This content was published: September 26, 2016. Phone numbers, email addresses, and other information may have changed.
As new academic year starts, PCC embraces changing landscape
Photos and Story by James Hill
Welcome to the 55th academic year at Portland Community College!
Unlike the age suggests, the college is very much young at heart thanks to new initiatives. These include welcoming the first class of Oregon Promise high school grads, getting energized by the introduction of a new leader and celebrating new national grant awards that will improve access and expand the college’s outreach.
Here’s the top college news as PCC starts the year:
Mark Mitsui Era Begins
The biggest development this summer has been the Board of Directors’ selection Mark Mitsui as PCC’s seventh president. He worked as the Deputy Assistant Secretary for Community Colleges within the Office of Career, Technical and Adult Education for the U.S. Department of Education, advancing President Obama’s community college agenda.
The 2016-17 academic year will be his first at PCC, and he plans to meet with students, staff and faculty throughout the year to discuss what makes the college tick.
“PCC is nationally known for advancing student success and for a sustained commitment to equity, inclusion and diversity,” Mitsui said. “I plan to hit the ground listening and look forward to gaining a deeper understanding and appreciation for the important work that is taking place across all of the campuses and centers. I also look forward to getting up to speed on, and beginning to work on, initiatives such as the upcoming bond campaign and implementation of the strategic plan.”
Keeping the Oregon Promise
This fall term, PCC is rolling out the red carpet to almost 1,600 first-year students who are taking advantage of Oregon Promise grants and have signed up for credit classes. Oregon Promise is the recent legislation passed that encourages students who are graduating high school or are recent GED graduates to immediately continue their education by providing them funding to attend community college in Oregon.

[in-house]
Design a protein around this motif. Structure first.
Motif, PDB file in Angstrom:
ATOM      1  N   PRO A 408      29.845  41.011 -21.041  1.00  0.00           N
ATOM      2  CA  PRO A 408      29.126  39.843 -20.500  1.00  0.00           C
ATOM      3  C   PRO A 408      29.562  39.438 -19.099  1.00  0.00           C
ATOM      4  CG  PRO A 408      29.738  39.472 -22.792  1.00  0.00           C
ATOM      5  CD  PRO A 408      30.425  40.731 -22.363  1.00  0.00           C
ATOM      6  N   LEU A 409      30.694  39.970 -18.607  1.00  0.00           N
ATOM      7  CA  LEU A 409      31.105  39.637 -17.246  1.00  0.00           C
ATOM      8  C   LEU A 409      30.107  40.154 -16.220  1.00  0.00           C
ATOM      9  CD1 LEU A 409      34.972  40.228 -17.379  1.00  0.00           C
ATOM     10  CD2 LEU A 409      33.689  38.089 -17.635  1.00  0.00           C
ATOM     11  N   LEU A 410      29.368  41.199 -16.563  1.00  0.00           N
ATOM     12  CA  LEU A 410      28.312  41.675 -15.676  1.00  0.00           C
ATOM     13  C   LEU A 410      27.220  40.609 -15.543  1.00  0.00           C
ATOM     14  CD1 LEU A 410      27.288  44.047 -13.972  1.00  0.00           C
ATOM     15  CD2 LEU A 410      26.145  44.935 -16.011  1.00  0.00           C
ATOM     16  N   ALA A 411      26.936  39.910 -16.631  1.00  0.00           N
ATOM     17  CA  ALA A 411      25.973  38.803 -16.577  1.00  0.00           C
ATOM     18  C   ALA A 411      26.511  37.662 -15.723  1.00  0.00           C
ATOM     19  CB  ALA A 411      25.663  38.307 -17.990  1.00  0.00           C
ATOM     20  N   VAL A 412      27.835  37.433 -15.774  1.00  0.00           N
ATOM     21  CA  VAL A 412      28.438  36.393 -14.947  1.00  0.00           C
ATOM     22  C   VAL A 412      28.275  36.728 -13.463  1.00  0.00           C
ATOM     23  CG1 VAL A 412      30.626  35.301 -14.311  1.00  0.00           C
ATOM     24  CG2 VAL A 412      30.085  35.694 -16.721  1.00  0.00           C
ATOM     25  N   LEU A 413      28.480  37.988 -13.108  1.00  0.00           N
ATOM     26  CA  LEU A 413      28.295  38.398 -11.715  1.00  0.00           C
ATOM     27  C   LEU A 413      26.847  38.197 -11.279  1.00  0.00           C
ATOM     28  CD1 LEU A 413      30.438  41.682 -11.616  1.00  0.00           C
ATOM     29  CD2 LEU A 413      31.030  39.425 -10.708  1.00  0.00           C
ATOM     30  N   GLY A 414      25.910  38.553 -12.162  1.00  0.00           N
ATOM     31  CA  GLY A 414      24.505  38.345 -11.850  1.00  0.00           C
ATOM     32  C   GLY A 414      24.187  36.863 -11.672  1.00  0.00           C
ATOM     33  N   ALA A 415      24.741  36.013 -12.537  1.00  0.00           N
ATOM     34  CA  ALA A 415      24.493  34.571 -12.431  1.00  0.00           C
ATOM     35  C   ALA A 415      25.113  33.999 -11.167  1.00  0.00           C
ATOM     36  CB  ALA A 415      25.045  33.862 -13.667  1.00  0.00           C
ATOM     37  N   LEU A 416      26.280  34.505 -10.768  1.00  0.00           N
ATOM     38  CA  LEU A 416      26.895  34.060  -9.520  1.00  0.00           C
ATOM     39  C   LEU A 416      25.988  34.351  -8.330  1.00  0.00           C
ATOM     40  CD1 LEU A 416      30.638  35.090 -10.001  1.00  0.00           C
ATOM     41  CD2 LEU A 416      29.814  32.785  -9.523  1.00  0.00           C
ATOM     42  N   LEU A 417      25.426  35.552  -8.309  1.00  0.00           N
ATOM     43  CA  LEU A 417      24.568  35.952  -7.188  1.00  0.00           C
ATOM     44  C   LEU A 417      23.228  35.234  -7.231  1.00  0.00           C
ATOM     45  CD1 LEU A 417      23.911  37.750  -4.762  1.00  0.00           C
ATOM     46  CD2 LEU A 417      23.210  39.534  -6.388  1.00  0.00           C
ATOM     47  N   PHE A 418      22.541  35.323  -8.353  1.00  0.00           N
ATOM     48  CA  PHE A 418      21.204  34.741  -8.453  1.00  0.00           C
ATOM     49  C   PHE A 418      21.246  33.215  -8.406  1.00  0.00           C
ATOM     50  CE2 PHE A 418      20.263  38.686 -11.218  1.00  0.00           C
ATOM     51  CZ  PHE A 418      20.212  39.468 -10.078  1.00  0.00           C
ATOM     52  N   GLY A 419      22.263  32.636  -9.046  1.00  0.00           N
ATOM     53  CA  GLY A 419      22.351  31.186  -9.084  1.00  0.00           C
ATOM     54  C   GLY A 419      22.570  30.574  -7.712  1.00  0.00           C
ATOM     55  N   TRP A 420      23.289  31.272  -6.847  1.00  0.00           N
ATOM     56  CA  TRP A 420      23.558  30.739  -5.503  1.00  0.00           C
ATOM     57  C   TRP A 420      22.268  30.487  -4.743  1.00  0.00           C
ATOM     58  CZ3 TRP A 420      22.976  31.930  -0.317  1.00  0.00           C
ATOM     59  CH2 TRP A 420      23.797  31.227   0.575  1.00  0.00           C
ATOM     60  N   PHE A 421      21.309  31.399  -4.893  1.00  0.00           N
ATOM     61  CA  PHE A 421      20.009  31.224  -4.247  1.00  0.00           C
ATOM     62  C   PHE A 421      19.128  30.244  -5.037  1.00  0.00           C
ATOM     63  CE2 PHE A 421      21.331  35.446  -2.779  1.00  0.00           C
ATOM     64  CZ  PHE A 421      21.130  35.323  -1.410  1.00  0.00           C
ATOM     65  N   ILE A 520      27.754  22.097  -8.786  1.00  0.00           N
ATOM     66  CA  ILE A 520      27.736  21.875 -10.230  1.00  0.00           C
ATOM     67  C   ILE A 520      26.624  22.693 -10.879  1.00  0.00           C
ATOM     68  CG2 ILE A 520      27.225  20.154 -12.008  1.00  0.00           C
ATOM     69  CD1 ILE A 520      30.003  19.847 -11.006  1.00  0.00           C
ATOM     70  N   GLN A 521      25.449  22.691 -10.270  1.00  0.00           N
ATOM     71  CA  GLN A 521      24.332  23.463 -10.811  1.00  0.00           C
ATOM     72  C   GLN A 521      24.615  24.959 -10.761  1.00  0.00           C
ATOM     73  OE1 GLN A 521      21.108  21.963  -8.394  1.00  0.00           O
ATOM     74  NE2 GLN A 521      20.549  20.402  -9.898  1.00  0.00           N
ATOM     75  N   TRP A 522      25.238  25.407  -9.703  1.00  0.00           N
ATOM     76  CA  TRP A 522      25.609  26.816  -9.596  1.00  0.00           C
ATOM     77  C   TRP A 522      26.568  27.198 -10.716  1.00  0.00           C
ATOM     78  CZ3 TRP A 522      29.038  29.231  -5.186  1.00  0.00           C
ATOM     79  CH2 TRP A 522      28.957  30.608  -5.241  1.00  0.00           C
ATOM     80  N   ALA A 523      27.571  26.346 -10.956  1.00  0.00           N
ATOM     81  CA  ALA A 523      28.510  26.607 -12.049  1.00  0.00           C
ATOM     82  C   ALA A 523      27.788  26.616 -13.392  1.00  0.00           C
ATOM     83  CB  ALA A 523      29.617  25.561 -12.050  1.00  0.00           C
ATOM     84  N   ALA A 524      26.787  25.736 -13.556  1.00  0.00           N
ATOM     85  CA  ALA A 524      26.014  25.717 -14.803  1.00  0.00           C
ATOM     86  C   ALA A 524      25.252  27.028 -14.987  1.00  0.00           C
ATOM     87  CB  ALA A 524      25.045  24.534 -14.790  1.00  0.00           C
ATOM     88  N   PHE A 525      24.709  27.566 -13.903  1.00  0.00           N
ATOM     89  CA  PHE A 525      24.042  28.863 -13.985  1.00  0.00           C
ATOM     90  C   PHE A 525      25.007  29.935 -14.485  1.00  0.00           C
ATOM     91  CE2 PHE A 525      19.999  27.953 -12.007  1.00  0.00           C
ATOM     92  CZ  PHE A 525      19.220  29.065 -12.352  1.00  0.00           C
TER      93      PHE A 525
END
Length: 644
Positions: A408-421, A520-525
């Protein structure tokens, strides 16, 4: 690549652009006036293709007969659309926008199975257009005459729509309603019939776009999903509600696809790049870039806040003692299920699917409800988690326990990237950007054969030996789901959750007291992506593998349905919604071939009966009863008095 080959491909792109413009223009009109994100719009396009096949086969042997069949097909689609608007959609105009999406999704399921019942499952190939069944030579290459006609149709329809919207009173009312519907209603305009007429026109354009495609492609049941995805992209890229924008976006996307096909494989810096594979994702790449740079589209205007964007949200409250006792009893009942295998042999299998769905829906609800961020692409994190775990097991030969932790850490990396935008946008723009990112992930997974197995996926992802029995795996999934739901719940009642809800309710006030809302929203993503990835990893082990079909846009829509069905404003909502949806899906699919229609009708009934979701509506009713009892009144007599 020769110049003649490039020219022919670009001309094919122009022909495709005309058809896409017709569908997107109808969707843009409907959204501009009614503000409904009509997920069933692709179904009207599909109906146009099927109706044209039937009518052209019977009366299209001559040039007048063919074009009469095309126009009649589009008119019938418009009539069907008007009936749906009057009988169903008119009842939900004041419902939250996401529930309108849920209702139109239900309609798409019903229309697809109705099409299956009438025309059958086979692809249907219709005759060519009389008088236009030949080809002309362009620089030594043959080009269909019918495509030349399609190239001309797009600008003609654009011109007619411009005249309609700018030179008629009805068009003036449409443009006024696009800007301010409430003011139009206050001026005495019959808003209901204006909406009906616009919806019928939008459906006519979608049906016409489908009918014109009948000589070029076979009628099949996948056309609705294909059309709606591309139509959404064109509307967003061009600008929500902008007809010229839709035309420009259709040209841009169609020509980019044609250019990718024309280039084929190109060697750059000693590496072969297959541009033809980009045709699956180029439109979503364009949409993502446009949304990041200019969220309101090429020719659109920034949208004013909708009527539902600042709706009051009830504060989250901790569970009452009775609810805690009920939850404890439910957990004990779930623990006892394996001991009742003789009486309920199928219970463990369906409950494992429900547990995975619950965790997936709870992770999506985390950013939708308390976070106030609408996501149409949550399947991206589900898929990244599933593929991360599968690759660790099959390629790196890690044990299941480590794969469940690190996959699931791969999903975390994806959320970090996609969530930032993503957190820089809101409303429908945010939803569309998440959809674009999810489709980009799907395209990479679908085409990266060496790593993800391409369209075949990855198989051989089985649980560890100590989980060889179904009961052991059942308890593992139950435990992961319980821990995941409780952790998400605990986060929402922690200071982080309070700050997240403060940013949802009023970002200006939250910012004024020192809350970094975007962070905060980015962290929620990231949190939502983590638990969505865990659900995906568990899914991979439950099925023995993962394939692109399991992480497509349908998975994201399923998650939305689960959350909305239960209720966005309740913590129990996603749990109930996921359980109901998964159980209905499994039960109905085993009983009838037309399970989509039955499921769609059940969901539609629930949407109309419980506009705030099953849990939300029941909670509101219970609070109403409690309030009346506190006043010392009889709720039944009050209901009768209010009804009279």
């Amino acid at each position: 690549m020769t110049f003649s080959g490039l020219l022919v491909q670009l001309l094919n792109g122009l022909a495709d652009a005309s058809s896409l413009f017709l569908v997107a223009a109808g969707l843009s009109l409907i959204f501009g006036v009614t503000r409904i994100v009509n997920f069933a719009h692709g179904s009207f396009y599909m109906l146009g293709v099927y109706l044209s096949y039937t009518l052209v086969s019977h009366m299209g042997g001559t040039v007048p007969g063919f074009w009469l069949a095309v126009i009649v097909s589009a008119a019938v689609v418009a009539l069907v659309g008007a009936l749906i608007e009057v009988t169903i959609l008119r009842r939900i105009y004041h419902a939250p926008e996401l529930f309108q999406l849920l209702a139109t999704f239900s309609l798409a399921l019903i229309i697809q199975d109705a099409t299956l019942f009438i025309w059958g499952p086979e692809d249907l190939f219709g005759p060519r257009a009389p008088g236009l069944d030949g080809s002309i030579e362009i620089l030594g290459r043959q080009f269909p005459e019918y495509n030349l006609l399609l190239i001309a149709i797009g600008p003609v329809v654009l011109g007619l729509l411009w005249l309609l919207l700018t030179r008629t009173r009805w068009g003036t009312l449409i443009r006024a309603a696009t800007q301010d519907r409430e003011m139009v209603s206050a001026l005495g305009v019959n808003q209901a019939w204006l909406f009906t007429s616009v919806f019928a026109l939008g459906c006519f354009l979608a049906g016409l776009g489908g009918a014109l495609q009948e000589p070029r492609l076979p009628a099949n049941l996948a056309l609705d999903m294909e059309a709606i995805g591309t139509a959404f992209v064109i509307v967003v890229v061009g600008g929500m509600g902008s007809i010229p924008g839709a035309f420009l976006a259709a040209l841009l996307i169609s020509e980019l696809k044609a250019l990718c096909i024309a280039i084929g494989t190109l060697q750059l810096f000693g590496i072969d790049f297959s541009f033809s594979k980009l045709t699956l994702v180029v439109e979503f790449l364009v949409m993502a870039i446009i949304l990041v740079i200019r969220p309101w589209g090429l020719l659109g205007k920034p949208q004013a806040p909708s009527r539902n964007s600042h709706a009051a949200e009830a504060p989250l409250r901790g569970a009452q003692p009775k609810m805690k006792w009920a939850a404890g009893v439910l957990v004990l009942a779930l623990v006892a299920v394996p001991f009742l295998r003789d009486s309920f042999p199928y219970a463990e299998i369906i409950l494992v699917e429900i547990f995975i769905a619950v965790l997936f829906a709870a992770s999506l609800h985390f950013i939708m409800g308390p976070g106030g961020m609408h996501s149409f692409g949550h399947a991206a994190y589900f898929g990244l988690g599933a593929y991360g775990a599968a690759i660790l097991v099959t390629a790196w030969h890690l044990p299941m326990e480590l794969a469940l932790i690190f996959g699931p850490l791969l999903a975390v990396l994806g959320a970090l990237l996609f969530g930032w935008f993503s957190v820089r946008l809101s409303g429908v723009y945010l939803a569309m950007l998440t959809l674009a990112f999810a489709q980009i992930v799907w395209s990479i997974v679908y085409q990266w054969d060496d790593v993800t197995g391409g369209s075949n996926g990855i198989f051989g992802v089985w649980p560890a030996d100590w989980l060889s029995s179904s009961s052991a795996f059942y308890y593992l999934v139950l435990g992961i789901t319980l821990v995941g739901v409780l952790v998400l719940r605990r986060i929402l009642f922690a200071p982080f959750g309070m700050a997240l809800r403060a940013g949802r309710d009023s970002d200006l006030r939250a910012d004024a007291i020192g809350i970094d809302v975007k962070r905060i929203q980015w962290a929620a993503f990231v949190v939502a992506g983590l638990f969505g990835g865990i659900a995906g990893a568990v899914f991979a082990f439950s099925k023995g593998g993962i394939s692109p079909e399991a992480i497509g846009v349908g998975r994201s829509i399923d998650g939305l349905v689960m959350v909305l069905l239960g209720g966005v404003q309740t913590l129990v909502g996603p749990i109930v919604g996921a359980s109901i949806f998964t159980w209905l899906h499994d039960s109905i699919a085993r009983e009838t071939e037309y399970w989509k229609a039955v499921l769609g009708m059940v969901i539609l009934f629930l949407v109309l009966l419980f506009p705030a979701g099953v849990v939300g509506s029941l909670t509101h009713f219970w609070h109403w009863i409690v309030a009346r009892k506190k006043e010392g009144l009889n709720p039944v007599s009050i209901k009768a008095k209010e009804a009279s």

The first class of students got a crash course in college life. PCC’s outreach coordinators organized 15 Oregon Promise Welcome Days that attracted nearly 900 students across the college’s district. The days showcased what to expect when the school year begins, and how to navigate PCC’s wealth of resources and services.
The Oregon Promise Grant was created by the Legislature in 2015 with first awards available this fall term. The Oregon Legislature appropriated $10 million for the first year of the program.
Big Grant Win Streak
Recently, the college was flooded with almost $10 million in local and national grants to spur expansion of its educational training programs. PCC earned a $2.2 and $2 million dollar grants from the U.S. Department of Education to fund the High School Equivalency (HEP) and College Assistance Migrant (CAMP) programs, respectively. For HEP, the money will help migrant and seasonal farmworkers and their families obtain a general education diploma while CAMP will target the same population to assist them in completion of their first academic year of college and to continue on in post-secondary education.
But wait, there’s more. Other grant awards include:
- $1.3 million from the Oregon Higher Education Coordinating Commission to help the PCC Foundation’s Future Connect Scholarship Program broaden the reach and impact of its services in the Portland area. The money for Future Connect, which breaks down barriers to college for low-income, first-generation students, is part of the “Aspirations to College” bill.
- $1.2 million from the Dept. of Education to fund the TRIO Talent Search Program at the Rock Creek Campus to serve 500 middle and high school students in Beaverton and Hillsboro school districts with academic, career and financial counseling, tutoring, and mentoring.
- $1.1 million from the U.S. Department of Education for a new juvenile justice re-entry education program called the Opening Doors Project. The partnership will provide career-technical education and wrap-around services to approximately 100 incarcerated juvenile females during the next three years at Oak Creek Youth Correctional Facility in Albany.
- $997,253 from the National Science Foundation Scholarships in STEM grant program to increase the number of women and underrepresented minorities in PCC’s Electronic Engineering Technology, Civil and Mechanical Engineering Technology, and Machine Manufacturing Technology programs.
- $577,500 from the Oregon Talent Council for the Realizing Advanced Manufacturing Potential in Portland (RAMP PDX) Project. PCC will train, place, advance and retain participants in a variety of advanced manufacturing jobs, increasing the skilled worker pipeline for the many advanced manufacturing companies in the region and paving the way for workers to attain certificates and degrees.